Playing music as part of a group typically requires that not only are all of the instruments tuned to each other, but also that the musicians play in a specific key. For some musicians, like pianists and percussionists, this is not terribly difficult as their instruments are easy to play in any key. At the other end of the spectrum would be the diatonic harmonica, which is physically capable of playing in a single key only. Other orchestral instruments, on the other hand, are typically made for a specific key but can transpose into other keys with some effort. But, if you have 3D printed your instrument like this bass clarinet from [Jared], then you can build it to be in whichever key you’d like.
The bass clarinet is typically an instrument that comes in the key of B flat, but [Jered] wanted one that was a minor third lower. Building a traditional clarinet is not exactly the easiest process, so he turned to his 3D printer. In order to get the instrument working with the plastic parts, he had to make a lot of the levers and keys much larger than the metal versions on a standard instrument, and he made a number of design changes to some of the ways the keys are pressed. Most of his changes simply revert back to clarinet designs from the past, and it’s interesting to see how simpler designs from earlier time periods lend themselves to additive manufacturing.
While [Jared] claims that the two instruments have slightly different tones, our amateur ears have a hard time discerning the difference. He does use a standard clarinet bell but other than that it’s impressive how similar the 3D printed version sounds to the genuine article. As to why it’s keyed differently than the standard, [Jared] points out that it’s just interesting to try new things, and his 3D printer lets him do that. We’d be happy to have another instrument in our 3D printed orchestra, too.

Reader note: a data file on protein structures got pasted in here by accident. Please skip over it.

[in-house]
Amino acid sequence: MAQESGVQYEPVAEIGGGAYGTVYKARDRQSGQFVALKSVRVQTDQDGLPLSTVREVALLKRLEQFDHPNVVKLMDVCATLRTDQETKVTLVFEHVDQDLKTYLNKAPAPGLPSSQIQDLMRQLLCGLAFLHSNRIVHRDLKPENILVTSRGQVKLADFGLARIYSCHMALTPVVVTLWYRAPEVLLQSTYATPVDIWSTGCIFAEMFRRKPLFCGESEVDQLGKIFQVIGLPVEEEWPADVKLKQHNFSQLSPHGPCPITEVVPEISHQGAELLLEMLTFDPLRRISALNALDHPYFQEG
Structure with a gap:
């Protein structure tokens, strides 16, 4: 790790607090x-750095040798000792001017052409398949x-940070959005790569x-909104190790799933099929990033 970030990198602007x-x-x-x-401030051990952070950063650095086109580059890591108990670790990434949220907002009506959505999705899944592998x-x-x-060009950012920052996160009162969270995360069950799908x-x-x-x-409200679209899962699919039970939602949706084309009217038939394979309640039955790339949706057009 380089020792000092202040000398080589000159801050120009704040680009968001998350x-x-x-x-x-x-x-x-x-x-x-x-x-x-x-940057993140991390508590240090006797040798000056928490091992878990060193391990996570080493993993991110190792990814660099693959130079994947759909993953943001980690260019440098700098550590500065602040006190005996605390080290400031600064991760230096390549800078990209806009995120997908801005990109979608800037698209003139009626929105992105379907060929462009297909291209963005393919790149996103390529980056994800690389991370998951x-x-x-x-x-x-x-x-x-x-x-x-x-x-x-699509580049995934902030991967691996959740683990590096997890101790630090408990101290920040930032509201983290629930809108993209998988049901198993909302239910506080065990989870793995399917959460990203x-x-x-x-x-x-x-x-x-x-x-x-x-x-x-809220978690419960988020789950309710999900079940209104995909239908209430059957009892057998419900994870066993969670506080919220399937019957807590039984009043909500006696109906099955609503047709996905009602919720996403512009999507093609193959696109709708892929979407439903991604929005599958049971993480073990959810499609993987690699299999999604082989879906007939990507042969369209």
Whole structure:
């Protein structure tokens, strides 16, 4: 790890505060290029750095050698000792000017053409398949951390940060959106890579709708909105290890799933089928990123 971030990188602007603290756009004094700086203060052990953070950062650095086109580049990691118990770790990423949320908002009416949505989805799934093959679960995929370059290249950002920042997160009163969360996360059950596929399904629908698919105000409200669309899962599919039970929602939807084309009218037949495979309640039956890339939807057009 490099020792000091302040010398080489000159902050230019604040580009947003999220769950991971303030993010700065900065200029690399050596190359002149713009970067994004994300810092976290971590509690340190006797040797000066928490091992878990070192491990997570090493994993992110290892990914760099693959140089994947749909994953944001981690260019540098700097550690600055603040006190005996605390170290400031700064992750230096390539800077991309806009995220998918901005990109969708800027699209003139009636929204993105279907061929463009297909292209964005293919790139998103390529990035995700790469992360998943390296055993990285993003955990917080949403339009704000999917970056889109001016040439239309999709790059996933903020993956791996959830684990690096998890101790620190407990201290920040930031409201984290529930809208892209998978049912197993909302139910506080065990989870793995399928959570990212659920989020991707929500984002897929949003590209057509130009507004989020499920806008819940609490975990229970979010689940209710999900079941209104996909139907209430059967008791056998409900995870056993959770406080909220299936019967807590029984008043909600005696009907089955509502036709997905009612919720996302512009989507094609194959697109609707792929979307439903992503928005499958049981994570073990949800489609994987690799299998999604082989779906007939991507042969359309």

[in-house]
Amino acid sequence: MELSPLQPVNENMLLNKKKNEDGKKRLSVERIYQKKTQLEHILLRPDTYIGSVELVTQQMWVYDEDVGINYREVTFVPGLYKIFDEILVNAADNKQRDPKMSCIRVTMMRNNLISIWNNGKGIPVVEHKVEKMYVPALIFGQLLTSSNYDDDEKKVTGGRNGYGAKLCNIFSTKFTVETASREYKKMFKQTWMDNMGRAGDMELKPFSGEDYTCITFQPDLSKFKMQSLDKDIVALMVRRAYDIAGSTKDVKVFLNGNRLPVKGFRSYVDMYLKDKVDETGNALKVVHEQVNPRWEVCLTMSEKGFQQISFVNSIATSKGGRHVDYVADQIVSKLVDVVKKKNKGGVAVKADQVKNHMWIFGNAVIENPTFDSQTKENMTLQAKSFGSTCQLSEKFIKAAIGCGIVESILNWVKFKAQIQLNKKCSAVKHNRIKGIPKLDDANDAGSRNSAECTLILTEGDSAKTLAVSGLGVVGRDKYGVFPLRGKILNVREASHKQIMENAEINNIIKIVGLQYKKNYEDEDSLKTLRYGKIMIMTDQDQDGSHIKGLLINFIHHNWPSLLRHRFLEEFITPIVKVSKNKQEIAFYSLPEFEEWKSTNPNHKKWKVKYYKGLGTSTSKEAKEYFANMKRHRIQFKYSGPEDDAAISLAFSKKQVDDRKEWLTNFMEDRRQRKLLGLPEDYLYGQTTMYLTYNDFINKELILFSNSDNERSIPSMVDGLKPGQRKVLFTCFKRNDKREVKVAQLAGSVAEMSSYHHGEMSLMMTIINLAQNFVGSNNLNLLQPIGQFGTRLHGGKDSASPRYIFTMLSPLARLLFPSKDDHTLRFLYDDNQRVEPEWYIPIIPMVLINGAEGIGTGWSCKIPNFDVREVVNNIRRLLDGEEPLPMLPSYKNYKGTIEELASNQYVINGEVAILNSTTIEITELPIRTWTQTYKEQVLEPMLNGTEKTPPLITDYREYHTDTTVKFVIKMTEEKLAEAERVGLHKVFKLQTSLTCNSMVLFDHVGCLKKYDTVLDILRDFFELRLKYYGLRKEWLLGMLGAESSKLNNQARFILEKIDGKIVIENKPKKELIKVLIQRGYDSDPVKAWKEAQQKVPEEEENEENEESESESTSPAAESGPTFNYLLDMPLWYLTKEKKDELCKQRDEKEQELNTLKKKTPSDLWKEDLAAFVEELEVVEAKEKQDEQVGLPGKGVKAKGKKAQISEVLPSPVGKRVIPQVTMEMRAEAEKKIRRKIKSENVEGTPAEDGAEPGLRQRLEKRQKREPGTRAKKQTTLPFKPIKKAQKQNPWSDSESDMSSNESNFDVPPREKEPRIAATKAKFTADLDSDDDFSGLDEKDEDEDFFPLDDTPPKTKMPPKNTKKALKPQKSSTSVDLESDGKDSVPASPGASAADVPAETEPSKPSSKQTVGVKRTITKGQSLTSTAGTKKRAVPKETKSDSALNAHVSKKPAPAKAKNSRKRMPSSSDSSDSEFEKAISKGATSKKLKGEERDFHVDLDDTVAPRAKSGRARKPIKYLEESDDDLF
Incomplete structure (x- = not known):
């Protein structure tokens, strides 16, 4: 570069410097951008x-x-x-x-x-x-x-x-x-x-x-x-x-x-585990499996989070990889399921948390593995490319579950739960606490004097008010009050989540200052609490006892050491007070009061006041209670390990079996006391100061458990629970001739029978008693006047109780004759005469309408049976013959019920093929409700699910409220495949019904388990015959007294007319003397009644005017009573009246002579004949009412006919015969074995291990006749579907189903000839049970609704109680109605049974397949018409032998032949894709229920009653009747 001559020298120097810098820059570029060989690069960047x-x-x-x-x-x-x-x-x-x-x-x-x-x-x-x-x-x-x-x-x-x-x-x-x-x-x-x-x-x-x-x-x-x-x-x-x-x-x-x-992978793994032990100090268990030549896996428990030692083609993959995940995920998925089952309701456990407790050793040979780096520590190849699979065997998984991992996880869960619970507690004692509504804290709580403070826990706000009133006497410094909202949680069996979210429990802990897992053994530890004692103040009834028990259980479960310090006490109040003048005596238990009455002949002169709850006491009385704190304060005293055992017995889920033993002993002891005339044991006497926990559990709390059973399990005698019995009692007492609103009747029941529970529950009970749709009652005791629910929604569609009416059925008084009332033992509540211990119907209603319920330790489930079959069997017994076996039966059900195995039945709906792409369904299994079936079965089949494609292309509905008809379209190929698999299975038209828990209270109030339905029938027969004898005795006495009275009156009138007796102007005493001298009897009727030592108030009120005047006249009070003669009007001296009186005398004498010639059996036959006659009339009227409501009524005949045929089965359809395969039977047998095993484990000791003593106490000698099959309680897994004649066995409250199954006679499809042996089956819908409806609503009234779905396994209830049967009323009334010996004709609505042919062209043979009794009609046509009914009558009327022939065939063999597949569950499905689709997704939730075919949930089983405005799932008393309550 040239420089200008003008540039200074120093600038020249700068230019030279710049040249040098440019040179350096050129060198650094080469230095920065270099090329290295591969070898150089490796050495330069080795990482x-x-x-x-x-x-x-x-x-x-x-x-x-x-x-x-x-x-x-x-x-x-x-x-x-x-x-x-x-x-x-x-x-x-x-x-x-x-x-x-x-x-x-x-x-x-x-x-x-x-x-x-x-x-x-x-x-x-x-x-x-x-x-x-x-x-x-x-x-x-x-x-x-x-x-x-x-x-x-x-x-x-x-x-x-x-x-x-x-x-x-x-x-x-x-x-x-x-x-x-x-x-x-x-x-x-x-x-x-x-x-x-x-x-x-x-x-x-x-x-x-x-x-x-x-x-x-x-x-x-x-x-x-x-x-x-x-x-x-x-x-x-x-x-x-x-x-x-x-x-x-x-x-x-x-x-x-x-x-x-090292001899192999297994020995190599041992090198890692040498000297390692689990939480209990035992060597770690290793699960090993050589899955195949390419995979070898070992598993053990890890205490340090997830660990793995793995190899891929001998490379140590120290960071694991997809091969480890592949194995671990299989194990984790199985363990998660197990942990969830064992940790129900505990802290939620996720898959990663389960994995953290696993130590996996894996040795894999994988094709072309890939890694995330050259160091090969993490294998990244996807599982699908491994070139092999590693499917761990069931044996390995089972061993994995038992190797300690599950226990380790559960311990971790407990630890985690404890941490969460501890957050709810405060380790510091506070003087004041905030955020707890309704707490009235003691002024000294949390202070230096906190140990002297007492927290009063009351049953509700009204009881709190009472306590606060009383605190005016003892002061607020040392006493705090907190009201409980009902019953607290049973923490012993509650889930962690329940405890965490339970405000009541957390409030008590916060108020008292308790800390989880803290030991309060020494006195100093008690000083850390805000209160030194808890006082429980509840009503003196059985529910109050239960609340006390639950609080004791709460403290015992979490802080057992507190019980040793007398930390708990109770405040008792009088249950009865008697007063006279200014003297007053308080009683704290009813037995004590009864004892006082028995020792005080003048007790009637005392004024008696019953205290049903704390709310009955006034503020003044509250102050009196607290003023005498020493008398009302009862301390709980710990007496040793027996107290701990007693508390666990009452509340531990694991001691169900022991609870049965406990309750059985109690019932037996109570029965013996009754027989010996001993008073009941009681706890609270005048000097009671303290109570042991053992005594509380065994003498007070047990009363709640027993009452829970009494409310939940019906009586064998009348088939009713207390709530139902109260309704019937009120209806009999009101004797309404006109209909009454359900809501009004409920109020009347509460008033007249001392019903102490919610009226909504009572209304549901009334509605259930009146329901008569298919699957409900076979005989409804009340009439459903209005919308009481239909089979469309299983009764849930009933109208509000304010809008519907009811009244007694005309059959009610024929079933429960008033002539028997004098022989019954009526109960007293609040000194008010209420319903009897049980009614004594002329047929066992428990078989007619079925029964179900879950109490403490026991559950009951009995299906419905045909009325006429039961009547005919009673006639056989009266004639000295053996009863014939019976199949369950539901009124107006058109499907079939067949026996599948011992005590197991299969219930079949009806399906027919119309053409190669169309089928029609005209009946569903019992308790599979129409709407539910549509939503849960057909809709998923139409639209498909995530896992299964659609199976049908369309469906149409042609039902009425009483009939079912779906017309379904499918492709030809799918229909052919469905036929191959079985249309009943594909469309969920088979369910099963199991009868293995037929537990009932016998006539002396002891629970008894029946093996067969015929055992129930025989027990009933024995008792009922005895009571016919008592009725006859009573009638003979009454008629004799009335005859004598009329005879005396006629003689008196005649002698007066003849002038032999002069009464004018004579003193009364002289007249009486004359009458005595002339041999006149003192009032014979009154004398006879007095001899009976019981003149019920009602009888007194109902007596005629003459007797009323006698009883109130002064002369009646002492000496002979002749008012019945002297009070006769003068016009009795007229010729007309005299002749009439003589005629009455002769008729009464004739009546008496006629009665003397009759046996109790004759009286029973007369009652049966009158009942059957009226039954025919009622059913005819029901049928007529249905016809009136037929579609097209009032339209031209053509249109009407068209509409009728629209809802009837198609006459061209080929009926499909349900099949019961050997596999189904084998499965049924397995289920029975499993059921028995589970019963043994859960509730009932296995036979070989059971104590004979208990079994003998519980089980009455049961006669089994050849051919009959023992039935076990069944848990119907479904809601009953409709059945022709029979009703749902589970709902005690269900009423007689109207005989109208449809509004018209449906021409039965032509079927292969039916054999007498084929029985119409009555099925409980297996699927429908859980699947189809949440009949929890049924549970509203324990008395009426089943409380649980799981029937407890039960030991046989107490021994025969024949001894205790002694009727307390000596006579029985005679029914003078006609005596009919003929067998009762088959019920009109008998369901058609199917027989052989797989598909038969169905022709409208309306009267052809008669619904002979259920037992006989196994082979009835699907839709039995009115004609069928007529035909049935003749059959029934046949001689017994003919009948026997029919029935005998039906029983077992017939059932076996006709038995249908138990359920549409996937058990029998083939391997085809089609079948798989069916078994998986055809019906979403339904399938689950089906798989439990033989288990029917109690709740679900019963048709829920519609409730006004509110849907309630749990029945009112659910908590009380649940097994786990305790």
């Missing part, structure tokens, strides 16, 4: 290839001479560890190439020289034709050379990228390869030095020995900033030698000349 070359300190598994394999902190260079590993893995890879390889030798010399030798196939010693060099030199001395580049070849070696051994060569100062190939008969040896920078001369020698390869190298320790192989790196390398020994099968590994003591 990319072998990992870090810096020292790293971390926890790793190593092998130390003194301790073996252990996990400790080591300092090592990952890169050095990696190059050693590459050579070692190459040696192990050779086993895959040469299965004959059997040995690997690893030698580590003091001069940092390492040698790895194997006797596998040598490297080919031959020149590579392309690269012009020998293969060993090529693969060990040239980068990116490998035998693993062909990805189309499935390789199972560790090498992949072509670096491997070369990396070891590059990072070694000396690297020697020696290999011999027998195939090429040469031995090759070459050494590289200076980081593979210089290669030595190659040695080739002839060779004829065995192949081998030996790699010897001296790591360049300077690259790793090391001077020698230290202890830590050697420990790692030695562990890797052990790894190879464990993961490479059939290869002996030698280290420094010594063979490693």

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One of our favorite turnips, oops, citizen scientists [The Thought Emporium], has released his second Grab Bag video which can also be seen after the break. [The Thought Emporium] dips into a lot of different disciplines as most of us are prone to do. Maybe one of his passions will get your creative juices flowing and inspire your next project. Or maybe it will convince some clever folks to take better notes so they can share with the rest of the world.
Have you ever read a recipe and thought, “What if I did the complete opposite?” In chemistry lab books that’s frowned upon but it worked for the Reverse Crystal Garden. Casein proteins make cheese, glue, paint, and more so [The Thought Emporium] gave us a great resource for making our own and demonstrated a flexible conductive gel made from that resource. Since high school, [The Thought Emporium] has learned considerably more about acoustics and style as evidence by his updated cello. Maybe pulling old projects out of the closet and giving them the benefit of experience could revitalize some of our forgotten endeavors.
If any of these subjects whet your whistle, consider growing gorgeous metal crystals, mixing up some conductive paint or learning the magnetic cello. Remember to keep your lab journal tidy and share on Hackday.io.
Continue reading “Casein, Cello, Carrotinet, And Copper Oxide, Science Grab Bag”
Australian research group NICTA in association with the University of New South Wales won the 2008 Artemis Orchestra Competition with their robot clarinet player. The competition challenges participants to design embedded systems that can play unmodified instruments. NICTA took first prize with their roboclarinet, due mainly to the complexity of the robot’s “mouth.” It uses two servo motors to act as a surrogate tongue and lips, vibrating the reed of the clarinet in a way consistent with human playing. The keys of the clarinet are pushed by a series of brass plungers. All of the robot’s functions are controlled by a computer running Linux. If great sound or novel technology are not enough for you, then the project is at least worth a look for the robot’s attractive, slightly steampunk-esque look. Watch it in action after the break.
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